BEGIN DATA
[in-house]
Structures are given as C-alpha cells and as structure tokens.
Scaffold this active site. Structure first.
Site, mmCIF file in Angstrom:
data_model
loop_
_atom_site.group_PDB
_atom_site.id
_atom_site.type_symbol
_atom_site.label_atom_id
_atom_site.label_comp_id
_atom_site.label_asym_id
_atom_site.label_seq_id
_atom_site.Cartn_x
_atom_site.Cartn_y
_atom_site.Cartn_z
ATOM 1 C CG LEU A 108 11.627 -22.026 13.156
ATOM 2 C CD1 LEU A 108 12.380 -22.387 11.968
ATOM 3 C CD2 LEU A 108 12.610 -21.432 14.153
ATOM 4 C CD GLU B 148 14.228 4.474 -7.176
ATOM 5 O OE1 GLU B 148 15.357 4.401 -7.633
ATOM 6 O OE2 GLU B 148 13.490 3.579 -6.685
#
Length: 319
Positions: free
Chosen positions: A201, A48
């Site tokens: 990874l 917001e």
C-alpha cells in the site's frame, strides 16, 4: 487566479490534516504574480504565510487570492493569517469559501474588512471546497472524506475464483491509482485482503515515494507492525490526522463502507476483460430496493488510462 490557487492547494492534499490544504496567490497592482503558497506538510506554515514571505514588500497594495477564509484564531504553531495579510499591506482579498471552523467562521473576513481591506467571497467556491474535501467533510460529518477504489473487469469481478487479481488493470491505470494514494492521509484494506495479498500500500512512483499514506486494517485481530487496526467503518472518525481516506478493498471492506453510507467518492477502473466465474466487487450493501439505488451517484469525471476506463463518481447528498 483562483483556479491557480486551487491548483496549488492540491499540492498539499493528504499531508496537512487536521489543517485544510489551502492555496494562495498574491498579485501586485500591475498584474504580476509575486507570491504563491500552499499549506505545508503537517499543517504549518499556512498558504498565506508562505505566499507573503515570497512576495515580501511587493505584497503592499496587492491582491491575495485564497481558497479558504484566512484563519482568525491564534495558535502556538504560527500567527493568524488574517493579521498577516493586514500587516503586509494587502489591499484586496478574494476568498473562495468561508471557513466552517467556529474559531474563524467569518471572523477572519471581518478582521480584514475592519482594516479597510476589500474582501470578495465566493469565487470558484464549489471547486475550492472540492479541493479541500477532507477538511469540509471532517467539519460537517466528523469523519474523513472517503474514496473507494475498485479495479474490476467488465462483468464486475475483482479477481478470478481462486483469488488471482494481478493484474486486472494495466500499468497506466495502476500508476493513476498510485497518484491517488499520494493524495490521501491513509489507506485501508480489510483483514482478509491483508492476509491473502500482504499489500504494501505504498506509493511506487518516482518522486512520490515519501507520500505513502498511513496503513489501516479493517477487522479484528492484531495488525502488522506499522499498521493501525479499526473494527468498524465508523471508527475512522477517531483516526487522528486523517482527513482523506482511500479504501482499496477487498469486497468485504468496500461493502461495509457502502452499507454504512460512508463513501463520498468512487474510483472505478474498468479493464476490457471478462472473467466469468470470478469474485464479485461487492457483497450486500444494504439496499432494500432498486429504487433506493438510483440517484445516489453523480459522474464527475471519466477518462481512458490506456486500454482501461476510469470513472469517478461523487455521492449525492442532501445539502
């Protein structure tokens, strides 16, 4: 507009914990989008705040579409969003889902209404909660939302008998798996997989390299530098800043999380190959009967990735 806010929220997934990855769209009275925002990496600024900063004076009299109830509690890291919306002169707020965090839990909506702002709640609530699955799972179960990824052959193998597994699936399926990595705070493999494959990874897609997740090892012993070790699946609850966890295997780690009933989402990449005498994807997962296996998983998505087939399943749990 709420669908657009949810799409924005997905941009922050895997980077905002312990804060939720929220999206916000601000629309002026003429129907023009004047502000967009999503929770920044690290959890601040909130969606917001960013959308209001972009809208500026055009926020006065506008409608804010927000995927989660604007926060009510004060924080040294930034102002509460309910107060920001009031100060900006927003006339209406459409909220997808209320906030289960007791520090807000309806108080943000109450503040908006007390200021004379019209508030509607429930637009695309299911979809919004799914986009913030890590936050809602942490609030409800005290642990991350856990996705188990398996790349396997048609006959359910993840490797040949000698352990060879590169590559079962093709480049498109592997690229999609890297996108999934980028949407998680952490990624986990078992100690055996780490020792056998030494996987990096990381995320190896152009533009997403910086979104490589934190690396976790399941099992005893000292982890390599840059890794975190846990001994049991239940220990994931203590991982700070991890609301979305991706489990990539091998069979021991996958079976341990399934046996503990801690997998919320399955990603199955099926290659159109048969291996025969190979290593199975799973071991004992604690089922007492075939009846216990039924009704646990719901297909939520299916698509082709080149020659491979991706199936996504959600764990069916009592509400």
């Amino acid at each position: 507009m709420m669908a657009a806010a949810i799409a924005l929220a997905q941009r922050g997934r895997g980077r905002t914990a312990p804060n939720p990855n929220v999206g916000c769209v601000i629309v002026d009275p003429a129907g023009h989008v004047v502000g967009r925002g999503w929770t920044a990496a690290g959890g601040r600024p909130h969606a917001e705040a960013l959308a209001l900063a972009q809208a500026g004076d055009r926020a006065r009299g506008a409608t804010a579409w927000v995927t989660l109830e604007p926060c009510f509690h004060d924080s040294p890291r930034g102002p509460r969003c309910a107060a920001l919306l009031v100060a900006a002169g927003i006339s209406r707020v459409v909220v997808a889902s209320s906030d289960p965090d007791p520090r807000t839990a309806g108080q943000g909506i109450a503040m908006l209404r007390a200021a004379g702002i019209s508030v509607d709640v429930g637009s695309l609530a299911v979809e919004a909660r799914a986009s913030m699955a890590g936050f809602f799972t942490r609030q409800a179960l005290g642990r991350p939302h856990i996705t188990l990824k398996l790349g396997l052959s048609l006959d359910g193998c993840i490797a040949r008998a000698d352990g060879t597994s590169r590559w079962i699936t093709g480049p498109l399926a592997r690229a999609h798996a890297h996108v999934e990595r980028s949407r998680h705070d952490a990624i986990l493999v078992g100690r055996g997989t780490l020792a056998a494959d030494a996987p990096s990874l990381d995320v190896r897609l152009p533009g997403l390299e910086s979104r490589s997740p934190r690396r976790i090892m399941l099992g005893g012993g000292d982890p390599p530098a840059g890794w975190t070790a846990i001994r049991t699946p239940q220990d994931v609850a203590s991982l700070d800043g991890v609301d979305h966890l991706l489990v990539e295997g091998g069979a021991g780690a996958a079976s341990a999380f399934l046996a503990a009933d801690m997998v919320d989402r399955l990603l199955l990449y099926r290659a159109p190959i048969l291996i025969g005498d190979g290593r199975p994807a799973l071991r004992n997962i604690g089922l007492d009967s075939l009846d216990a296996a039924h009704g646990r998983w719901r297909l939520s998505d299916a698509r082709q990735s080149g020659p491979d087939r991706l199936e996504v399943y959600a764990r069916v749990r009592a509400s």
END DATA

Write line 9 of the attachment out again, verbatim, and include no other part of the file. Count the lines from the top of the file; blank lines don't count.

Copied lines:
_atom_site.type_symbol